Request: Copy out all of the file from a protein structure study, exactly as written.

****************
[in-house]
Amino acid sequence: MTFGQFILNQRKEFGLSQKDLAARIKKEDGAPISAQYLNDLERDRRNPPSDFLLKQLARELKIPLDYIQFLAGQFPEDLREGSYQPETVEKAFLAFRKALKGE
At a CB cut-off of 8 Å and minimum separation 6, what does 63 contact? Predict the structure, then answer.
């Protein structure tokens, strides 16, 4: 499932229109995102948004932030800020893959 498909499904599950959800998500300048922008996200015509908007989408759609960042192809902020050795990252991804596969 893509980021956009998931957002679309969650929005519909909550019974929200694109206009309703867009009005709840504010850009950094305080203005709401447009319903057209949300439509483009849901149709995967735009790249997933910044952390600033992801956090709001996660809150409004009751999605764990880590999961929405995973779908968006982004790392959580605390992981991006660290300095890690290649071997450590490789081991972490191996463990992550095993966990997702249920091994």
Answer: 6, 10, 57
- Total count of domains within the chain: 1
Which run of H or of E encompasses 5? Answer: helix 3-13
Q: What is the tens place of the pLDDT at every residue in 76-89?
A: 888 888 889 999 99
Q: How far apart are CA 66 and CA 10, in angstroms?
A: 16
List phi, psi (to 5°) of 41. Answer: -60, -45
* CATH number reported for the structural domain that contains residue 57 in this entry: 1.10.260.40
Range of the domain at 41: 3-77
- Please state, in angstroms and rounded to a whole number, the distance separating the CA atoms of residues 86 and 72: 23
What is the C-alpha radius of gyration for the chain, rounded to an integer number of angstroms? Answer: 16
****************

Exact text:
[in-house]
Amino acid sequence: MTFGQFILNQRKEFGLSQKDLAARIKKEDGAPISAQYLNDLERDRRNPPSDFLLKQLARELKIPLDYIQFLAGQFPEDLREGSYQPETVEKAFLAFRKALKGE
At a CB cut-off of 8 Å and minimum separation 6, what does 63 contact? Predict the structure, then answer.
């Protein structure tokens, strides 16, 4: 499932229109995102948004932030800020893959 498909499904599950959800998500300048922008996200015509908007989408759609960042192809902020050795990252991804596969 893509980021956009998931957002679309969650929005519909909550019974929200694109206009309703867009009005709840504010850009950094305080203005709401447009319903057209949300439509483009849901149709995967735009790249997933910044952390600033992801956090709001996660809150409004009751999605764990880590999961929405995973779908968006982004790392959580605390992981991006660290300095890690290649071997450590490789081991972490191996463990992550095993966990997702249920091994």
Answer: 6, 10, 57
- Total count of domains within the chain: 1
Which run of H or of E encompasses 5? Answer: helix 3-13
Q: What is the tens place of the pLDDT at every residue in 76-89?
A: 888 888 889 999 99
Q: How far apart are CA 66 and CA 10, in angstroms?
A: 16
List phi, psi (to 5°) of 41. Answer: -60, -45
* CATH number reported for the structural domain that contains residue 57 in this entry: 1.10.260.40
Range of the domain at 41: 3-77
- Please state, in angstroms and rounded to a whole number, the distance separating the CA atoms of residues 86 and 72: 23
What is the C-alpha radius of gyration for the chain, rounded to an integer number of angstroms? Answer: 16